When I headed recently to northern Finland, about 100 miles above the Arctic Circle, the last thing I expected my trip to deal with was diplomacy. I thought I’d see a lot of snow and ice, feel the cold and witness environmental peculiarities as a result of climate change.
But as I was sitting in a room at the University of Lapland’s Arctic Center, one of the professors there, an American named Bruce Forbes, mentioned in passing that several countries around the Arctic Ocean are pouring millions of dollars into research to prove that large parts of the Arctic seabed are a “natural prolongation” of their territory.
If they are successful in their claims, they will have the right to the oil, gas and other natural resources there. No one knows for sure what exactly lies under the Arctic Ocean, but estimates put that amount at up to 20 percent of the world’s energy supply.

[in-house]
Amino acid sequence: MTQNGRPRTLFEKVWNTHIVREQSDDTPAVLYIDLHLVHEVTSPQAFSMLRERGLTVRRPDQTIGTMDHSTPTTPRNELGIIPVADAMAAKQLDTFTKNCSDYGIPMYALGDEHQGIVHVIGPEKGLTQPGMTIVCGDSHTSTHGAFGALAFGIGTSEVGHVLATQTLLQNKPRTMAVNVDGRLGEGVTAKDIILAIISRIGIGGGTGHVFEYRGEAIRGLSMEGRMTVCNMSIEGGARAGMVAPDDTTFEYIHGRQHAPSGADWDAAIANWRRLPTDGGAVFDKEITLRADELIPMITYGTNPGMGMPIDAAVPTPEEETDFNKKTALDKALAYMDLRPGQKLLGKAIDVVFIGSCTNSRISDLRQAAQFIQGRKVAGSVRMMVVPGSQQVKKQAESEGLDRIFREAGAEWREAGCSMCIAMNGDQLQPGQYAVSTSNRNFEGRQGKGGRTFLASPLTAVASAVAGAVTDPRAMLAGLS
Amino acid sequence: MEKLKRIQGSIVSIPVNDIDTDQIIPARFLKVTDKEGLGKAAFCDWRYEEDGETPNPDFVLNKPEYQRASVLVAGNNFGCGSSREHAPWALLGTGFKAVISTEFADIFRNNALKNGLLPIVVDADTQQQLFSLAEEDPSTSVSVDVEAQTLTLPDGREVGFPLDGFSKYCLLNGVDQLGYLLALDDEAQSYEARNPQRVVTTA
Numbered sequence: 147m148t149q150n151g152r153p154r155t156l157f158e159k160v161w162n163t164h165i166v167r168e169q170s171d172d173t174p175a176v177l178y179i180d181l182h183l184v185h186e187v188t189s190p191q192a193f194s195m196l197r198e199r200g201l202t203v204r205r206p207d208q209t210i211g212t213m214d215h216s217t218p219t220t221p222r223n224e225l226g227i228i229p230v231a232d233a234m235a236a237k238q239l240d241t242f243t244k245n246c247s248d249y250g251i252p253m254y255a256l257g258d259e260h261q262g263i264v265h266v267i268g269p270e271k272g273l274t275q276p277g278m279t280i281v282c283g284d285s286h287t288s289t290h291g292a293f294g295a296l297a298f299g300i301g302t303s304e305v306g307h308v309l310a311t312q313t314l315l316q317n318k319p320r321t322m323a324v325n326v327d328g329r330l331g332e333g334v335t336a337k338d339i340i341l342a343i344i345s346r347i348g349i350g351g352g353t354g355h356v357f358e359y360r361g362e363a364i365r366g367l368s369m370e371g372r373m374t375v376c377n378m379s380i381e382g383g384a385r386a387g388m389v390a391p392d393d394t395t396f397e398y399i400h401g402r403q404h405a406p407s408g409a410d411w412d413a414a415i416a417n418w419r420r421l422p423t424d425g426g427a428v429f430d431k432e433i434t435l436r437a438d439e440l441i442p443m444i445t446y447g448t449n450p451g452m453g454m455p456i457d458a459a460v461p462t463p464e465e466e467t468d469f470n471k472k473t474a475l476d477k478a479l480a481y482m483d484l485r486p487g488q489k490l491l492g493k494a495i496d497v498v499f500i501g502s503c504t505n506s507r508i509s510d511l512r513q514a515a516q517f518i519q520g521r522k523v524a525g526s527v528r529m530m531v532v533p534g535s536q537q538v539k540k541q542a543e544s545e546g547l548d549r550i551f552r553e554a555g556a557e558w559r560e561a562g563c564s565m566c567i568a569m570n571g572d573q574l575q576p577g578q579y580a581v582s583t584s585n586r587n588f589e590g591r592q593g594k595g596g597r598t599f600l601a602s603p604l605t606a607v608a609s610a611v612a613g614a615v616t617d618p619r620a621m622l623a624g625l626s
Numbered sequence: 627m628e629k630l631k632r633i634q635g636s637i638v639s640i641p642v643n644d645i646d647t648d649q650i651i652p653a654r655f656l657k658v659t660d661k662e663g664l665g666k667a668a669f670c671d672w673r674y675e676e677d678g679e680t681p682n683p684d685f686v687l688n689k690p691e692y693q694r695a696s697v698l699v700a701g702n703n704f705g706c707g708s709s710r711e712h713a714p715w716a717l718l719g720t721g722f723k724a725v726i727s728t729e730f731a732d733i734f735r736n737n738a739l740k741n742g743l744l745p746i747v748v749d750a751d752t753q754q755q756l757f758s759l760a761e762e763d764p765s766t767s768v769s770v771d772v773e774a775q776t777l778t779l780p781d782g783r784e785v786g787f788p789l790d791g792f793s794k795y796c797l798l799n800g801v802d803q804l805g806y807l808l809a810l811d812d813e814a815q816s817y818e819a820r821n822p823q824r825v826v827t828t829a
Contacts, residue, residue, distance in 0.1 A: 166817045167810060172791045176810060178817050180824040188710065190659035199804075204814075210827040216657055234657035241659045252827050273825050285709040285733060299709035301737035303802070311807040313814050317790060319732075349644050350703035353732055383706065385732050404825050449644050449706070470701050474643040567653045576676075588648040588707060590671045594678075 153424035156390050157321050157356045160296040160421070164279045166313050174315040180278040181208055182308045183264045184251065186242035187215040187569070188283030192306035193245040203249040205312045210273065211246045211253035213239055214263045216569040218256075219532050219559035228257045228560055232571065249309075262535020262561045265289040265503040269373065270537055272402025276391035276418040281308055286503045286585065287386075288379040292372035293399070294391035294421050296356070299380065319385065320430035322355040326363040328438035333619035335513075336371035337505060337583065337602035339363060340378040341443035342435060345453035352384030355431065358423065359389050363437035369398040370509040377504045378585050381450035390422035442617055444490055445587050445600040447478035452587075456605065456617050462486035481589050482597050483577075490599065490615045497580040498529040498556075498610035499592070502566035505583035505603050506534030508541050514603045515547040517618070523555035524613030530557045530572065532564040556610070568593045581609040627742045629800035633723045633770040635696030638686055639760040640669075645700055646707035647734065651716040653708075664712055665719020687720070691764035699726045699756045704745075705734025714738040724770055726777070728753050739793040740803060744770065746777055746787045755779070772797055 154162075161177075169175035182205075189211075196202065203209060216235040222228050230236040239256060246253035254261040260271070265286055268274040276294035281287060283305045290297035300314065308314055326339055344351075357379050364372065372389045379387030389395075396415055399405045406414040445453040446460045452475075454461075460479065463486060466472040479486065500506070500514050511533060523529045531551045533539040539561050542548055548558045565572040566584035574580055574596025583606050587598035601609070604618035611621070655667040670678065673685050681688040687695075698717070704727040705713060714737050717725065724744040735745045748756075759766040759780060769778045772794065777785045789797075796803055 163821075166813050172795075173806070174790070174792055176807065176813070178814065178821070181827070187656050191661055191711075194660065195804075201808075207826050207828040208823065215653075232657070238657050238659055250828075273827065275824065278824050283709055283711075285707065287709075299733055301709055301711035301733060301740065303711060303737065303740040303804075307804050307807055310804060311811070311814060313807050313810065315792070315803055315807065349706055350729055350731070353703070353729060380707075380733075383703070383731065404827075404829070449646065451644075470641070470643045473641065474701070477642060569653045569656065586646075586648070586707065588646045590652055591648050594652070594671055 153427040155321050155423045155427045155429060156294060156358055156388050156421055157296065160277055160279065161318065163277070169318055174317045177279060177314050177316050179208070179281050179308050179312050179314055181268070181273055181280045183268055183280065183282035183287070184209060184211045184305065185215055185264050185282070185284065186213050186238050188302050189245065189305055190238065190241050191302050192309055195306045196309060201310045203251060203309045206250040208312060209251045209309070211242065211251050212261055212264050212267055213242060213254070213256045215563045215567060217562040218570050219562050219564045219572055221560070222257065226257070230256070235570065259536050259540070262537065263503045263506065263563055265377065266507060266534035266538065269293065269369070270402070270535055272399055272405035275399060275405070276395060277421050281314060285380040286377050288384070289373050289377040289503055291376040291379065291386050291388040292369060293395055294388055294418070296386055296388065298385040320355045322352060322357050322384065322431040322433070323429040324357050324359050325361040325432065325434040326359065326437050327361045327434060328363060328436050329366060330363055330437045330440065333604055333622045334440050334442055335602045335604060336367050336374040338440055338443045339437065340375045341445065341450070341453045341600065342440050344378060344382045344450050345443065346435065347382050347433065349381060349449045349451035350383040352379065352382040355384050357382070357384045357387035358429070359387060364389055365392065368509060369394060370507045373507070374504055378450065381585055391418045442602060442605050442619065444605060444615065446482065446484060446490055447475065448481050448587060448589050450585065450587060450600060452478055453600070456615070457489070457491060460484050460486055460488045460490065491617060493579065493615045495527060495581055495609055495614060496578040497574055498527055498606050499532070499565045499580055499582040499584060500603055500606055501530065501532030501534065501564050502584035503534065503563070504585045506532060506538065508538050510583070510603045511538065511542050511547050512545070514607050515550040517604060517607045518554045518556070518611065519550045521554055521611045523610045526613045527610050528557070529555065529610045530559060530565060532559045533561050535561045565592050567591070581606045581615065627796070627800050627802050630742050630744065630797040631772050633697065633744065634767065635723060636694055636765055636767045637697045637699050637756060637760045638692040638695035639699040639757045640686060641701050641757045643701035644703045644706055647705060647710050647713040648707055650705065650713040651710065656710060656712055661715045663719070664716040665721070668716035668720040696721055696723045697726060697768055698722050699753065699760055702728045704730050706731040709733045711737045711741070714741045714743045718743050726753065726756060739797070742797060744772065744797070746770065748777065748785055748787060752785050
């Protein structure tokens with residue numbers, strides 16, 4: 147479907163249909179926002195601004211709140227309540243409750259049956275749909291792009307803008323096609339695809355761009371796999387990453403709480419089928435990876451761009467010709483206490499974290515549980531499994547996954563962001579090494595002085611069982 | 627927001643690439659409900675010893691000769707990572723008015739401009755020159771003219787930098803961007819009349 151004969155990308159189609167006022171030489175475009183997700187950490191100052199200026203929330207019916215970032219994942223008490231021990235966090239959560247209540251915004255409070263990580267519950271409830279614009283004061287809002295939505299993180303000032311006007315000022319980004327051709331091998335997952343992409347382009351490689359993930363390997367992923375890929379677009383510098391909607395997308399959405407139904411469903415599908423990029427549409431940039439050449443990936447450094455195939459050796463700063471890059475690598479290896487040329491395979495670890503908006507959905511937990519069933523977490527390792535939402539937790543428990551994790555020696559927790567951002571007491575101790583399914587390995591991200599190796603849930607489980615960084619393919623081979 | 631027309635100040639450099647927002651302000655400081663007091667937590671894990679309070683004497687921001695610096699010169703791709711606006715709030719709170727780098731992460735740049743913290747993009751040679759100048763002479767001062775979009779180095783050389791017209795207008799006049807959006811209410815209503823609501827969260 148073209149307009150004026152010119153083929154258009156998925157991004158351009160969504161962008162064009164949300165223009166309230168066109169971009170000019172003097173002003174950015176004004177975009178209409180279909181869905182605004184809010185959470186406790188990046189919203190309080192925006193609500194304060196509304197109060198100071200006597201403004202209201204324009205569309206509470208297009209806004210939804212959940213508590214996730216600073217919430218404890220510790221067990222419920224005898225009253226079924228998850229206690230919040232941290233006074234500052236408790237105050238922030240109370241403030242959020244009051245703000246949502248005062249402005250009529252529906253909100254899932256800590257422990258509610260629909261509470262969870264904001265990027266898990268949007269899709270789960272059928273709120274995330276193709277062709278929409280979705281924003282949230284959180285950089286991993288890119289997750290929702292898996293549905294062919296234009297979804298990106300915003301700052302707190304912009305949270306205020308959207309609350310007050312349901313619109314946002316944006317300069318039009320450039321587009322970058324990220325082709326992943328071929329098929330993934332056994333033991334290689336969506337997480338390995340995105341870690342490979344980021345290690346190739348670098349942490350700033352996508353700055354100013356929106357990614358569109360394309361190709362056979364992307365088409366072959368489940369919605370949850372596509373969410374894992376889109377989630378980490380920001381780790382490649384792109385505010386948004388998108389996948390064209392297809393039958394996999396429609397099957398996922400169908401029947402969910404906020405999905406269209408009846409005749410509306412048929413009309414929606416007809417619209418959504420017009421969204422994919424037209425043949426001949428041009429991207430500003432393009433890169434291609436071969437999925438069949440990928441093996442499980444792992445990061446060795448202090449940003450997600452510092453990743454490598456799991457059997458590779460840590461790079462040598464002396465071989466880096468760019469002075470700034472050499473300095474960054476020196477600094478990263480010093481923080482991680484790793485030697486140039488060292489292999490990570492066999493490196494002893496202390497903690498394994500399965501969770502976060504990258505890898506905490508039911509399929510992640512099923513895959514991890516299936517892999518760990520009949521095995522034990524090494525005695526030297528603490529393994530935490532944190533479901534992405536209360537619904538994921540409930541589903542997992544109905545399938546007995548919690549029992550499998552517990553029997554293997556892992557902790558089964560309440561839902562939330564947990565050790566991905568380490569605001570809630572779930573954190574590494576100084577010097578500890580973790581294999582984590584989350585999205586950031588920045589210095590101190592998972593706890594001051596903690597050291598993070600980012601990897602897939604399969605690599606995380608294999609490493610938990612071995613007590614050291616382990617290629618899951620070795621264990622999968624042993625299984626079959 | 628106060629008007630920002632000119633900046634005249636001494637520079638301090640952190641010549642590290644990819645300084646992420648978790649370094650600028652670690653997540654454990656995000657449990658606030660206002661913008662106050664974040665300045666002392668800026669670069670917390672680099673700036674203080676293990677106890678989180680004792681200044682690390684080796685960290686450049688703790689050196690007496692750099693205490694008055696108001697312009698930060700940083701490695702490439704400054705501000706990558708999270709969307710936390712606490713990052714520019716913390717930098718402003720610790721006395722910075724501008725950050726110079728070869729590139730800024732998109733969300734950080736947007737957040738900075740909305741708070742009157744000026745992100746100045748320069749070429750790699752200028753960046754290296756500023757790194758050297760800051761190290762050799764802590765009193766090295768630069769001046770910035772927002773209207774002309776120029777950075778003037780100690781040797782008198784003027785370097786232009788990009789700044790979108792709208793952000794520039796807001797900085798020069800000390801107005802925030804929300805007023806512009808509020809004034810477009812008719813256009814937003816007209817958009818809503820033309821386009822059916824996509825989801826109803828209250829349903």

After I came back home, I called the State Department’s Bureau of Oceans and International Environmental and Scientific Affairs to find out what the United States is doing to prepare for its claim, which must be submitted to the U.N. Commission on the Limits of Continental Shelf.
The head of the bureau, Assistant Secretary Claudia A. McMurray, told me that the department is spending $5.6 million this year on research, which has already shown that the foot of the continental slope off Alaska is more than 100 miles farther from the U.S. coast than previously thought.
The problem is that the United States doesn’t have the legal right to make any claims at this time. You can find out why in my story, U.S. pursues Arctic claim, which ran today.
— Nicholas Kralev, diplomatic correspondent, The Washington Times